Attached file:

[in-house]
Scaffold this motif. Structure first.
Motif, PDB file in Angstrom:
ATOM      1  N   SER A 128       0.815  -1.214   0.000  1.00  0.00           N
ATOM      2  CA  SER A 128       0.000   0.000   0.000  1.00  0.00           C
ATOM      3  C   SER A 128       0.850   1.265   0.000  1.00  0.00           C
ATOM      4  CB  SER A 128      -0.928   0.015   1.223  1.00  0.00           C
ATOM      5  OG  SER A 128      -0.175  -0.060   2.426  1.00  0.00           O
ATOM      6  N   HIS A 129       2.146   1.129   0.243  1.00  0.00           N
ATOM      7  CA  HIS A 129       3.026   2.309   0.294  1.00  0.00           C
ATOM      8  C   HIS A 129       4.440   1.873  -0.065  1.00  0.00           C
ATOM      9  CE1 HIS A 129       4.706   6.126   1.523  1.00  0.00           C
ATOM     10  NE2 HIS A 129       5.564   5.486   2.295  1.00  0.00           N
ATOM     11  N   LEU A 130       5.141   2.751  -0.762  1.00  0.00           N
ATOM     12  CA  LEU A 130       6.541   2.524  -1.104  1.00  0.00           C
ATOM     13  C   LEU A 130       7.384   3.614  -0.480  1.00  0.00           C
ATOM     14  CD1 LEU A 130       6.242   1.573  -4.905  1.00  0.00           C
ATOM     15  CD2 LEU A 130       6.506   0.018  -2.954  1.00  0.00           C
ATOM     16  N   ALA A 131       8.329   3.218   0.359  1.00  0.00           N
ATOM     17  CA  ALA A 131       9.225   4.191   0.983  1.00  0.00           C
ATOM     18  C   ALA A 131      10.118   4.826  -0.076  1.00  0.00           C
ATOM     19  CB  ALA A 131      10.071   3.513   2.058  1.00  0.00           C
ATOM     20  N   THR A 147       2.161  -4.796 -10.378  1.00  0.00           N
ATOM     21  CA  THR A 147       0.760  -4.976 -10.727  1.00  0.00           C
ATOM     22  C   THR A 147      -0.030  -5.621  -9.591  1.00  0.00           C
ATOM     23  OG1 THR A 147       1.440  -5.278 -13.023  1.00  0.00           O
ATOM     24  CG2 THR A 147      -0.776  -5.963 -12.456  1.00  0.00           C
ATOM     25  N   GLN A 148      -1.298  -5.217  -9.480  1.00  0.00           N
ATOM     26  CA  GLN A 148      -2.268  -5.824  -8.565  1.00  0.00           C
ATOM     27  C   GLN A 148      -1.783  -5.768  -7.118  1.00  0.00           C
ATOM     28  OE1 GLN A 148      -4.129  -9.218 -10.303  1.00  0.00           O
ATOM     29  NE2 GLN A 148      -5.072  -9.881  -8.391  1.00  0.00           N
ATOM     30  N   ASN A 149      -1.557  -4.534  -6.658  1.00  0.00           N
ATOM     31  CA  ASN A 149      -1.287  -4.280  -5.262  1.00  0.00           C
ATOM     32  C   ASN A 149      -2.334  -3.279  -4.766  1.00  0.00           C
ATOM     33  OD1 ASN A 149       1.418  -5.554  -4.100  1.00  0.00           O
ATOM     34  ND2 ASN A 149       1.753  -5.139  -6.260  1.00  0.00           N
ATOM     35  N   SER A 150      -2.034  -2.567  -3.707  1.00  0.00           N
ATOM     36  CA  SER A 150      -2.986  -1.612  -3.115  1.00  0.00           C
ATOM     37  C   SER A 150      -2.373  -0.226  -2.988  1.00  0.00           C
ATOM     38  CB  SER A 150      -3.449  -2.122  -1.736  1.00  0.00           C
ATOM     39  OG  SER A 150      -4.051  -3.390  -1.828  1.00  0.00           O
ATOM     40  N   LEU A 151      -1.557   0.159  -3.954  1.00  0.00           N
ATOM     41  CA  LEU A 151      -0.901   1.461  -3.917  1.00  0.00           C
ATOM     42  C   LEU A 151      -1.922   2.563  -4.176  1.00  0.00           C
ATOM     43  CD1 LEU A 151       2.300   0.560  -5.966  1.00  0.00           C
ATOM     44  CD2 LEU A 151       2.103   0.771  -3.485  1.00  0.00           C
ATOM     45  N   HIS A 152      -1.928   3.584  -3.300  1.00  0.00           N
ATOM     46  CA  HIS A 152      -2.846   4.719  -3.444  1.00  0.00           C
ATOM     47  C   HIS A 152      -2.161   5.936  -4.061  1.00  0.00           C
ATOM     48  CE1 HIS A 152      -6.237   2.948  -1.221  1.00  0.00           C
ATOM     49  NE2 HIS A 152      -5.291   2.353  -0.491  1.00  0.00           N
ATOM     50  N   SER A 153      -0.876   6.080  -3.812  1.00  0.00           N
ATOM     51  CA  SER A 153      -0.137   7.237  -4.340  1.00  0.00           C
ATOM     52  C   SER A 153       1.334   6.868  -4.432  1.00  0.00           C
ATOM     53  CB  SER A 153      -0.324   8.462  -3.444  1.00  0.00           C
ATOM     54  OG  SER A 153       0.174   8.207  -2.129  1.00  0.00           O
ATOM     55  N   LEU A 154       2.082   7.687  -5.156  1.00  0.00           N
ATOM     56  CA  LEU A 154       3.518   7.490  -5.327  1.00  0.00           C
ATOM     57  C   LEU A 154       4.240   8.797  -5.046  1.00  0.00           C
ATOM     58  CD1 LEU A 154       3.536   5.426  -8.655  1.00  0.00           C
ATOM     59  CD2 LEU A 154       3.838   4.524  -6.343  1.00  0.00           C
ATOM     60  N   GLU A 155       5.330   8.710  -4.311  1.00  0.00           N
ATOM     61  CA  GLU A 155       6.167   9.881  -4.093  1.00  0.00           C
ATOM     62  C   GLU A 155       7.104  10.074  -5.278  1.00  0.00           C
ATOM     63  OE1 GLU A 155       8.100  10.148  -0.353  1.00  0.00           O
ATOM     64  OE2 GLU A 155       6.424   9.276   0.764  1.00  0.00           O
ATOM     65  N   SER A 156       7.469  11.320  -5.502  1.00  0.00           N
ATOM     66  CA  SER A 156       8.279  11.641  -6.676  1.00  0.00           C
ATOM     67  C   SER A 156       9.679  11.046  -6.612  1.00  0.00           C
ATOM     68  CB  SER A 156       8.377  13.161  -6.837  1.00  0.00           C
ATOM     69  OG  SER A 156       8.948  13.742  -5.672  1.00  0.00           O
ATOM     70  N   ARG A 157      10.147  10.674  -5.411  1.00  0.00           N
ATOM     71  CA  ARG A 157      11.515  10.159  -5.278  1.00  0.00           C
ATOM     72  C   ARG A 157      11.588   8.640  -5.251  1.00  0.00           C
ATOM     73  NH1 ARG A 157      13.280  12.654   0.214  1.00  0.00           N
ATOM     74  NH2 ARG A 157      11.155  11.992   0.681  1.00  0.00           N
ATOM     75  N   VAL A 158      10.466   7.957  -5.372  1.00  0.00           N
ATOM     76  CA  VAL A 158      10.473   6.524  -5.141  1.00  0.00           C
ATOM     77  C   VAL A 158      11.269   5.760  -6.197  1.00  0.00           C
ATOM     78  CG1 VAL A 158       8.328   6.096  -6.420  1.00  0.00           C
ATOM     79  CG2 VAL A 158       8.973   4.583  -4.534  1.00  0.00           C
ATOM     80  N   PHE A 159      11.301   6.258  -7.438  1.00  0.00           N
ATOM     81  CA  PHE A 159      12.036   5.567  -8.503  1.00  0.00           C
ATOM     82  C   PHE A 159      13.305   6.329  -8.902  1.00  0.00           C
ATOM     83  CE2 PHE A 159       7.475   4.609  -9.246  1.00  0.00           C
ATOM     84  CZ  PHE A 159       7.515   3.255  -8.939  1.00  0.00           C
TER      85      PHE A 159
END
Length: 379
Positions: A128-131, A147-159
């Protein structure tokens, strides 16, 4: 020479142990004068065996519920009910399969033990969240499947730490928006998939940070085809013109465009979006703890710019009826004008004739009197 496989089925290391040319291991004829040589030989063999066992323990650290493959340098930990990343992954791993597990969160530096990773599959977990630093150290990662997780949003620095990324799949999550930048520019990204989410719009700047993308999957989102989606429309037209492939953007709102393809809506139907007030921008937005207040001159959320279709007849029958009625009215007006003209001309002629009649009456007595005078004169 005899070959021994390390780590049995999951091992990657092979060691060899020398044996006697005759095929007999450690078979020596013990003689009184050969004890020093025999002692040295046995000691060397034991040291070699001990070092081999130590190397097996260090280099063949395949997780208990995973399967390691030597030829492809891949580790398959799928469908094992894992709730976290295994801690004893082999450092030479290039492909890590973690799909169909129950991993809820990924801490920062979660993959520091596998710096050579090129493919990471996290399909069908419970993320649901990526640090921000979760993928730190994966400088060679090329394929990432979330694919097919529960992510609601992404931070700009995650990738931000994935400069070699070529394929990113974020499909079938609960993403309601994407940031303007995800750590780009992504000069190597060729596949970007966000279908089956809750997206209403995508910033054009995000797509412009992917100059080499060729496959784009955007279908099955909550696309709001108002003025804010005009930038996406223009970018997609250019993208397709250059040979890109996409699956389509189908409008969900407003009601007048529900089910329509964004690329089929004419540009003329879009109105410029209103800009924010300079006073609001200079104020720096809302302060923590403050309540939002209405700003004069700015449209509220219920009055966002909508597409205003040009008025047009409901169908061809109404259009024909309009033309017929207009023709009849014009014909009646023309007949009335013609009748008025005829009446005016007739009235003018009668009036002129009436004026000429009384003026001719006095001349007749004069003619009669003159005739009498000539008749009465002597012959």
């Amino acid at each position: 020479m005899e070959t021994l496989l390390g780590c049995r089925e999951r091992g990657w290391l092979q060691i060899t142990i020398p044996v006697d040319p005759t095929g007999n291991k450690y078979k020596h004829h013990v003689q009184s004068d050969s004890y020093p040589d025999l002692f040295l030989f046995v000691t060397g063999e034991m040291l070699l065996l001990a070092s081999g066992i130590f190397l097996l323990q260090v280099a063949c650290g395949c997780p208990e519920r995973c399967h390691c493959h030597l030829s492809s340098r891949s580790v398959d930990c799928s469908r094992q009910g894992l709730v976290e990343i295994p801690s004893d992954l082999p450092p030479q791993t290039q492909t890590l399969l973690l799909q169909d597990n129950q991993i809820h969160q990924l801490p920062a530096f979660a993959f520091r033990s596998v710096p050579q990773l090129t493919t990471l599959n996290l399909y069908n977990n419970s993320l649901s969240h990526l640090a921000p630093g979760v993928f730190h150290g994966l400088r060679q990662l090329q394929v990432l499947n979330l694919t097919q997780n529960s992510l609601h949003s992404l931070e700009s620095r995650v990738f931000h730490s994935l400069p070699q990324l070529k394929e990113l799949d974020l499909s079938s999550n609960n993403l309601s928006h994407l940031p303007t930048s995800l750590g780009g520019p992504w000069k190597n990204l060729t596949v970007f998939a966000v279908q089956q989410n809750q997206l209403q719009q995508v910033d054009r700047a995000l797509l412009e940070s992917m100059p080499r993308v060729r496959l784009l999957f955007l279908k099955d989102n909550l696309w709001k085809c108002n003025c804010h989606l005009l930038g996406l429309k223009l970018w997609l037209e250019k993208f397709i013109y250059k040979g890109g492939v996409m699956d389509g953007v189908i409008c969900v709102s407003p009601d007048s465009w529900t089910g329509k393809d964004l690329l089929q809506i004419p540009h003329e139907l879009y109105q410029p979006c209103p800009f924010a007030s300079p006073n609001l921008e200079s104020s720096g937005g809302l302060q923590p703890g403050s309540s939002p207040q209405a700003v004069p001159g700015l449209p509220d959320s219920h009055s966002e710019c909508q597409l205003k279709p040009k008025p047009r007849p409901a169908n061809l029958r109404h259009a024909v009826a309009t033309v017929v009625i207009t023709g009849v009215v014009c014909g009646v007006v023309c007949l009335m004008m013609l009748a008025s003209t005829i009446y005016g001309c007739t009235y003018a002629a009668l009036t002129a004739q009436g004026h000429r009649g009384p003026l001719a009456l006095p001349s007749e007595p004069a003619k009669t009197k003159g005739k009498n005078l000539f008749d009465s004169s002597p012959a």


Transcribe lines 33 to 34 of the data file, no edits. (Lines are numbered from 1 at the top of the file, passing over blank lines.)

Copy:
ATOM     30  N   ASN A 149      -1.557  -4.534  -6.658  1.00  0.00           N
ATOM     31  CA  ASN A 149      -1.287  -4.280  -5.262  1.00  0.00           C